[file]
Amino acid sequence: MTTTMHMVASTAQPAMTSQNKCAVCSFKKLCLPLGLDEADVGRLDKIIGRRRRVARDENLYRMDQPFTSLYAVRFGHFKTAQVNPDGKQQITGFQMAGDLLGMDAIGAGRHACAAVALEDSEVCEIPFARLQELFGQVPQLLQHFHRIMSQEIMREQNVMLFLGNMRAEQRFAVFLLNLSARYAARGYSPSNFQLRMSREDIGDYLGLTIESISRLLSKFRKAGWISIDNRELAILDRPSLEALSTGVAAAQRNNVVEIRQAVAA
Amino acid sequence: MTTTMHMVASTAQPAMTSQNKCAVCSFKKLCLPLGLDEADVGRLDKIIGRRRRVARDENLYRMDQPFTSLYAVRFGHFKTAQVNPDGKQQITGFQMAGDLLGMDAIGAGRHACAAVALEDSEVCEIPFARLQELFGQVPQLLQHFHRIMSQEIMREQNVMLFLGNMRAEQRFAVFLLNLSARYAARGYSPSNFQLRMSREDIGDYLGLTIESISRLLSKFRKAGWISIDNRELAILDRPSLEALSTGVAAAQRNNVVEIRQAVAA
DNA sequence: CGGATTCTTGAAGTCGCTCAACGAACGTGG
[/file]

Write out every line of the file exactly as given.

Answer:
Amino acid sequence: MTTTMHMVASTAQPAMTSQNKCAVCSFKKLCLPLGLDEADVGRLDKIIGRRRRVARDENLYRMDQPFTSLYAVRFGHFKTAQVNPDGKQQITGFQMAGDLLGMDAIGAGRHACAAVALEDSEVCEIPFARLQELFGQVPQLLQHFHRIMSQEIMREQNVMLFLGNMRAEQRFAVFLLNLSARYAARGYSPSNFQLRMSREDIGDYLGLTIESISRLLSKFRKAGWISIDNRELAILDRPSLEALSTGVAAAQRNNVVEIRQAVAA
Amino acid sequence: MTTTMHMVASTAQPAMTSQNKCAVCSFKKLCLPLGLDEADVGRLDKIIGRRRRVARDENLYRMDQPFTSLYAVRFGHFKTAQVNPDGKQQITGFQMAGDLLGMDAIGAGRHACAAVALEDSEVCEIPFARLQELFGQVPQLLQHFHRIMSQEIMREQNVMLFLGNMRAEQRFAVFLLNLSARYAARGYSPSNFQLRMSREDIGDYLGLTIESISRLLSKFRKAGWISIDNRELAILDRPSLEALSTGVAAAQRNNVVEIRQAVAA
DNA sequence: CGGATTCTTGAAGTCGCTCAACGAACGTGG